Italian islands have amazing white beaches and bays dominated by green promontories. Elba, Ischia, Capri, the Aeolian, the Egadi and the Pelagie Islands, and also Pantelleria and Lampedusa, these are all example of a perfect combination of beauty and history. Sicily hides precious treasures such as the Temple of Apollo in Siracusa, the Temple of Concordia in the Valley of the Temples, the Teatro Antico in Taormina and Baroque palaces in the Val di Noto. In Sardinia, in the Valley of the Nuraghi, traces of settlements dating back to the second millennium BC are still visible. Ischia is where Nestor’s Cup, the oldest evidence of alphabetic writing in the Western Mediterranean, was unearthed.


The Italian peninsula offers a rich and varied heritage with eighty inhabited islands, including maritime islands, lagoon islands such as Venice, lake islands including Monte Isola on Lake Iseo and river islands such as Isola Serafini on the Po. Sicily and Sardinia are largest islands. Ischia, the largest island in the Gulf of Naples is the third most populated of Italy. There are also some islands with less than ten inhabitants and even islands with just one inhabitant, such as San Clemente in Veneto, the lighthouse of St. Euphemia in Puglia and Vendicari, in Sicily. Lampione, one of the Pelagie Islands, is inhabited only by shearwaters, lizards and rabbits.

From North to South, the Italian islands are among the favourite destinations of tourists, also for the many attractions they offer.

Lapped by the waters of Lake Maggiore, the three Borromeo Islands offer visitors enchanting views of the lush gardens of Isola Madre and Isola Bella with magnolias, azaleas, orchids, gardenias and roses.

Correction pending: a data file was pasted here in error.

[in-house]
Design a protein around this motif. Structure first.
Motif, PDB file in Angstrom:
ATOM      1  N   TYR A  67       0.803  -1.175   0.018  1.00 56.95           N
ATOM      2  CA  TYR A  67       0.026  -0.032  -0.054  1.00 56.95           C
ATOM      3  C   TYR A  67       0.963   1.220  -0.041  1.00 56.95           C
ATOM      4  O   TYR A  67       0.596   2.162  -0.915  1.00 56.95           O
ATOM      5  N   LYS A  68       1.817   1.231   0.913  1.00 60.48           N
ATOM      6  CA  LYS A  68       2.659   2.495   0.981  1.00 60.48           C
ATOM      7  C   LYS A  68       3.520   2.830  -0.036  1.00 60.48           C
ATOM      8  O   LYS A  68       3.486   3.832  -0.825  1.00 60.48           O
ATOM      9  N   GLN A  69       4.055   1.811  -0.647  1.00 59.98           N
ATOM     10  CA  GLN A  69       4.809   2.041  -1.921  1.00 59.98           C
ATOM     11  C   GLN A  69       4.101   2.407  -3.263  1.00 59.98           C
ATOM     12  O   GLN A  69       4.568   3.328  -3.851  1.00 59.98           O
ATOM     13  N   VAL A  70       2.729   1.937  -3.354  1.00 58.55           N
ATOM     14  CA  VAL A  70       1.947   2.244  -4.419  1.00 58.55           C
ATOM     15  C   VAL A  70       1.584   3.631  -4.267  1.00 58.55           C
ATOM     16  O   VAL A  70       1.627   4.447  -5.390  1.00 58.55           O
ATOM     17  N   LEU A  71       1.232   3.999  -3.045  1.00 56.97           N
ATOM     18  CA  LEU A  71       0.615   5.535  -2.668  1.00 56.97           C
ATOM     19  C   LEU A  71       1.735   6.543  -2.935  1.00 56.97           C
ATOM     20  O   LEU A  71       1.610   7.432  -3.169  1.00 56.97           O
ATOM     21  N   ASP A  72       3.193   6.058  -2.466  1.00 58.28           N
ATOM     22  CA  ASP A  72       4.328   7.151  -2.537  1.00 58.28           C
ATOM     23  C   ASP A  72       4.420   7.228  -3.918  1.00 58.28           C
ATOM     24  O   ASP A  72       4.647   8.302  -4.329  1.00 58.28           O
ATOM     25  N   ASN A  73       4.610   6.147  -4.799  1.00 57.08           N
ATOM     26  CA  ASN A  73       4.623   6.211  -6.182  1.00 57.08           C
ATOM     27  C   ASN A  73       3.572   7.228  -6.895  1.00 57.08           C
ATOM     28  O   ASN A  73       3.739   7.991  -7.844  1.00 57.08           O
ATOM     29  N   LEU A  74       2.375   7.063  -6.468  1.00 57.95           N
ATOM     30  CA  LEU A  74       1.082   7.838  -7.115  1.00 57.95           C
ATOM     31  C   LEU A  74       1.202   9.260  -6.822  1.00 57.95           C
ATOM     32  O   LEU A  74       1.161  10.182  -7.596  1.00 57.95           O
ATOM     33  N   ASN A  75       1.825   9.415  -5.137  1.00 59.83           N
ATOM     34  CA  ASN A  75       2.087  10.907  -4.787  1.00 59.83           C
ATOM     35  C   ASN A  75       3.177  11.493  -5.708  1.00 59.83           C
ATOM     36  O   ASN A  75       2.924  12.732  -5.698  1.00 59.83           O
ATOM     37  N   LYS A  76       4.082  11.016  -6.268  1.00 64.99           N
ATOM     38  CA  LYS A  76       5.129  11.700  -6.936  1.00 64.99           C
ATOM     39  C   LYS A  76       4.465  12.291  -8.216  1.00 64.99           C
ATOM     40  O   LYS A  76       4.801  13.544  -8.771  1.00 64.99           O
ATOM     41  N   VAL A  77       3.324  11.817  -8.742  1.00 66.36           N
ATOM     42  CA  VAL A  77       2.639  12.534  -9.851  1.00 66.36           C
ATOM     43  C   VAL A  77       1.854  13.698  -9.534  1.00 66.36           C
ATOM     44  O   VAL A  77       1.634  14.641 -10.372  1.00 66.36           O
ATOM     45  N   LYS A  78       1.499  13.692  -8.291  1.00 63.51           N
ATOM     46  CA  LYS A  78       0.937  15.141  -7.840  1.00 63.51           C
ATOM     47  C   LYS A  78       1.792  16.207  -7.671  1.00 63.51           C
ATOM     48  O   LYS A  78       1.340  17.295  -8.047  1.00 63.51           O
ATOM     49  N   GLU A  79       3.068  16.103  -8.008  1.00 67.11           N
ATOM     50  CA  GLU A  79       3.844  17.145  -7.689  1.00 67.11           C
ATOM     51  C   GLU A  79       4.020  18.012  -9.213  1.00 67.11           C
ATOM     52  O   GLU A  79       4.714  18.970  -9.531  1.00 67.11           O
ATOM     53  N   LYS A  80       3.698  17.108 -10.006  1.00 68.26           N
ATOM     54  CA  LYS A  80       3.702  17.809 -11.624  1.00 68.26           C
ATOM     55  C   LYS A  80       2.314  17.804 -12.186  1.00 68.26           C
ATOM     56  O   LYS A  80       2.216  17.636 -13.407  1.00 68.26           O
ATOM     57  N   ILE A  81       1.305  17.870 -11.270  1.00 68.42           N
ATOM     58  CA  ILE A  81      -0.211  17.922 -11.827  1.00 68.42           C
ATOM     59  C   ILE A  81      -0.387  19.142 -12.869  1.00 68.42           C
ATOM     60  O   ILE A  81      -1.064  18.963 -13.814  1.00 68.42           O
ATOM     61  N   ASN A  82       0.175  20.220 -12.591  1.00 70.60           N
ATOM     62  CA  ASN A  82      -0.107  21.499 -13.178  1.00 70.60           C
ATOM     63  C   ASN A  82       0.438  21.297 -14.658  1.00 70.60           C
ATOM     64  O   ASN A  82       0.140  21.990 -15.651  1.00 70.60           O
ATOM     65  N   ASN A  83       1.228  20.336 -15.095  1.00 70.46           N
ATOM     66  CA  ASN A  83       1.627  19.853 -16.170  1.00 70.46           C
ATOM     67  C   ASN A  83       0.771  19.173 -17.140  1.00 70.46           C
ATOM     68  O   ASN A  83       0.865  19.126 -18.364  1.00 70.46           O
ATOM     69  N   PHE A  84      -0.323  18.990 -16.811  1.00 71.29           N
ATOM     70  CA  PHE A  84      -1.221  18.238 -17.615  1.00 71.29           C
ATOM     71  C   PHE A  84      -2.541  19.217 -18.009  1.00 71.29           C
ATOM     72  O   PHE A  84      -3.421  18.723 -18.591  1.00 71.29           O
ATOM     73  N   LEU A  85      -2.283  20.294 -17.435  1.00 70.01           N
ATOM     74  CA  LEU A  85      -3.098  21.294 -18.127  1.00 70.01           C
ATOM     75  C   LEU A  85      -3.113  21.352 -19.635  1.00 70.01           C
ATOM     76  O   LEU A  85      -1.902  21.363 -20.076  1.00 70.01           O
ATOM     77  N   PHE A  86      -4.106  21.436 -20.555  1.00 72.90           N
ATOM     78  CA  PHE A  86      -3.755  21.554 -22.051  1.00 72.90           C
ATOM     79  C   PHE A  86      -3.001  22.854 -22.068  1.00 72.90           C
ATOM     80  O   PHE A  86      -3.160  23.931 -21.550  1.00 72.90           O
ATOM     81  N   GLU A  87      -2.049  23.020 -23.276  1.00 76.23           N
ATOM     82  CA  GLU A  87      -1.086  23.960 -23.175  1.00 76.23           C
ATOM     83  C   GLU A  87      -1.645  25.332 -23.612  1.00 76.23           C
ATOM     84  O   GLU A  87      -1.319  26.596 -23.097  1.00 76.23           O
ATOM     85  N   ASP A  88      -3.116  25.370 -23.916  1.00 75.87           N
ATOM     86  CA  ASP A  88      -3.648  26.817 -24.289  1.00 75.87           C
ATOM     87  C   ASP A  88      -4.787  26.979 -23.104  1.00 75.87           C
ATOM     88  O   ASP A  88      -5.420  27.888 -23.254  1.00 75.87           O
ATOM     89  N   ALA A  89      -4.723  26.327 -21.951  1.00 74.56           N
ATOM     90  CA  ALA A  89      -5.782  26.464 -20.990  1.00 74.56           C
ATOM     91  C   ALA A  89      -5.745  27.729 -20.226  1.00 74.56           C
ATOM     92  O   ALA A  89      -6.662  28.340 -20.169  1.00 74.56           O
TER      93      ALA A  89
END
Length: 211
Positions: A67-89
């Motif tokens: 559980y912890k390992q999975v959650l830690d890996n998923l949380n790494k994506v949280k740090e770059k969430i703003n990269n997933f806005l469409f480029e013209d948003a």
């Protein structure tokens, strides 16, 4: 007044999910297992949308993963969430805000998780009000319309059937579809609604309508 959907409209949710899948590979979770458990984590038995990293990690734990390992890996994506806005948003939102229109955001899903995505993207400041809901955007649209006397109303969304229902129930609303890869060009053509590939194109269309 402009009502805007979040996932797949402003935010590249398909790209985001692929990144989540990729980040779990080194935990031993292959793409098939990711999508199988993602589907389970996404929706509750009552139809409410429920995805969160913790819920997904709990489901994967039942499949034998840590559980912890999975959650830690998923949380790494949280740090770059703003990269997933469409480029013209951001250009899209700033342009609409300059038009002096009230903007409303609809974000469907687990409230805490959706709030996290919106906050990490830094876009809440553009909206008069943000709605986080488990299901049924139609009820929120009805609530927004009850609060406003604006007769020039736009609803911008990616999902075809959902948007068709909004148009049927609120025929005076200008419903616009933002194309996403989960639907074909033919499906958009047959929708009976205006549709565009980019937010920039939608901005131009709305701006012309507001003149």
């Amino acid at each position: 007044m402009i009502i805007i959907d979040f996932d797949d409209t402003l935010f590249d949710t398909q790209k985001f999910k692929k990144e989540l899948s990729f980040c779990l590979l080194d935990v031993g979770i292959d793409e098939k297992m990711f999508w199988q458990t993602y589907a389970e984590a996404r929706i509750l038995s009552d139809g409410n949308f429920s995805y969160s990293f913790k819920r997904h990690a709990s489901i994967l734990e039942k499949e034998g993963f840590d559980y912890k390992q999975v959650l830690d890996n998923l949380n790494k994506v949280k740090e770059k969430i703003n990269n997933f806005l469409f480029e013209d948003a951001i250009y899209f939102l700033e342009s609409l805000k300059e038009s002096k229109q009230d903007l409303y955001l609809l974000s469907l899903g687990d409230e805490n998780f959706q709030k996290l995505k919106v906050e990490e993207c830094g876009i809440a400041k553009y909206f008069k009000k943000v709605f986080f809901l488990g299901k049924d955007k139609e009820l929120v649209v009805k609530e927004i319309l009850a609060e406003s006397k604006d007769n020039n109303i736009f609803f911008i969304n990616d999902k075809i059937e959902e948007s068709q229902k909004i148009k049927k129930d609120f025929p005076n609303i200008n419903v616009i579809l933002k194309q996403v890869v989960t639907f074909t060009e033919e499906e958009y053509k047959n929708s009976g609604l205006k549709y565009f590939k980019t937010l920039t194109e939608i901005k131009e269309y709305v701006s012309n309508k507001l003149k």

Elba, the largest island of the Tuscan archipelago, is characterised by clear waters and beautiful beaches. San Giovanni Terme offers rejuvenating thalassotherapy sessions with mud, algae and marine plants.

Ischia is the ideal destination if you want to spend a rejventaing and fun holiday. Its thermal baths, in fact, are known for the healing properties of its springs and are among the oldest in Europe. After mud therapy and other treatments, in the evening, you can experience the island’s nightlife at one of the many bars and clubs of the Riva Destra.

Capri is not just luxury and shopping at the many exclusive boutiques of the Piazzetta, but also wild nature, with its Blue Grotto, and history, with Villa Jovis, a Roman palace built by emperor Tiberius.

Procida is an island that preserves its old traditions. Among the events that attract a large number of onlookers there are the Good Friday procession with the “Mysteries” brought from Terra Murata to the port and the Festival of the Sea where locals choose their “Graziella”, the girl who best represents the canons of Mediterranean beauty typical of the island.

In Puglia, to the north of the Gargano promontory, we find the Tremiti Islands, several times awarded the prestigious “Blue Flag”.

But, if you want to discover wild lands, you should definitely choose Sicily and Sardinia. The beaches of Stromboli, one of the Aeolian Islands, are characterised by black sand, while Vulcano, with its mud puddle, is a real open air spa. At night, sailing along the coast of Stromboli, you can admire the show offered by the Sciara del Fuoco with the lava running towards the sea. For snorkelling and diving enthusiasts Favignana, one of the Egadi islands, offers a seabed rich in fauna and flora.

If you prefer peace and tranquillity, just choose one of the lovely dammusi in Pantelleria, some typical buildings in local volcanic stone. In Lampedusa, the most incredible beaches are Spiaggia dei Conigli, Cala Croce, Cala Creta, Cala Pulcino and Guitgia beach.

In Sardinia, the Maddalena archipelago has several beautiful beaches, including the Spiaggia Testa del Polpo, with shallow waters, a real paradise for families.